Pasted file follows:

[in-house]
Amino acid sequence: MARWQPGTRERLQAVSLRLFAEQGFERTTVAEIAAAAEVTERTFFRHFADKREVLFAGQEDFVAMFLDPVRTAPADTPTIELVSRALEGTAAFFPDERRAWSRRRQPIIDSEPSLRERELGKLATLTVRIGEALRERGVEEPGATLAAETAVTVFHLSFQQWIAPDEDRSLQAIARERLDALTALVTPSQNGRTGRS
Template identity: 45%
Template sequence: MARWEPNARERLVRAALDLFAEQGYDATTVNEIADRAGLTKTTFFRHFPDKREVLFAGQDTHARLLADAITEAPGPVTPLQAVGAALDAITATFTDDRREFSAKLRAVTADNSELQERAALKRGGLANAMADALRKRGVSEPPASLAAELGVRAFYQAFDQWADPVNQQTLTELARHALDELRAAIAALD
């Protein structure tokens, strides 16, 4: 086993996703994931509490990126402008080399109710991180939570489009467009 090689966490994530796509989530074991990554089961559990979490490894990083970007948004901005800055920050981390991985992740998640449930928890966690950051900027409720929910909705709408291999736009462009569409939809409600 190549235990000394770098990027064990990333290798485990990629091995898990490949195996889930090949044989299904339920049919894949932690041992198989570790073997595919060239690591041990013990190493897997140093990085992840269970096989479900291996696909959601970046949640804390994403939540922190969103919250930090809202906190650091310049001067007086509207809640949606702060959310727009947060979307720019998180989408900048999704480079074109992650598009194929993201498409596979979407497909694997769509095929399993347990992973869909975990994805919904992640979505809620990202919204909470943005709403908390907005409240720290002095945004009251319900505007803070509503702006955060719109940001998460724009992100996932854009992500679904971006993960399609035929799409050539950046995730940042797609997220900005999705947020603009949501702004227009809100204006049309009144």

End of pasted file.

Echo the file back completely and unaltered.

[in-house]
Amino acid sequence: MARWQPGTRERLQAVSLRLFAEQGFERTTVAEIAAAAEVTERTFFRHFADKREVLFAGQEDFVAMFLDPVRTAPADTPTIELVSRALEGTAAFFPDERRAWSRRRQPIIDSEPSLRERELGKLATLTVRIGEALRERGVEEPGATLAAETAVTVFHLSFQQWIAPDEDRSLQAIARERLDALTALVTPSQNGRTGRS
Template identity: 45%
Template sequence: MARWEPNARERLVRAALDLFAEQGYDATTVNEIADRAGLTKTTFFRHFPDKREVLFAGQDTHARLLADAITEAPGPVTPLQAVGAALDAITATFTDDRREFSAKLRAVTADNSELQERAALKRGGLANAMADALRKRGVSEPPASLAAELGVRAFYQAFDQWADPVNQQTLTELARHALDELRAAIAALD
């Protein structure tokens, strides 16, 4: 086993996703994931509490990126402008080399109710991180939570489009467009 090689966490994530796509989530074991990554089961559990979490490894990083970007948004901005800055920050981390991985992740998640449930928890966690950051900027409720929910909705709408291999736009462009569409939809409600 190549235990000394770098990027064990990333290798485990990629091995898990490949195996889930090949044989299904339920049919894949932690041992198989570790073997595919060239690591041990013990190493897997140093990085992840269970096989479900291996696909959601970046949640804390994403939540922190969103919250930090809202906190650091310049001067007086509207809640949606702060959310727009947060979307720019998180989408900048999704480079074109992650598009194929993201498409596979979407497909694997769509095929399993347990992973869909975990994805919904992640979505809620990202919204909470943005709403908390907005409240720290002095945004009251319900505007803070509503702006955060719109940001998460724009992100996932854009992500679904971006993960399609035929799409050539950046995730940042797609997220900005999705947020603009949501702004227009809100204006049309009144």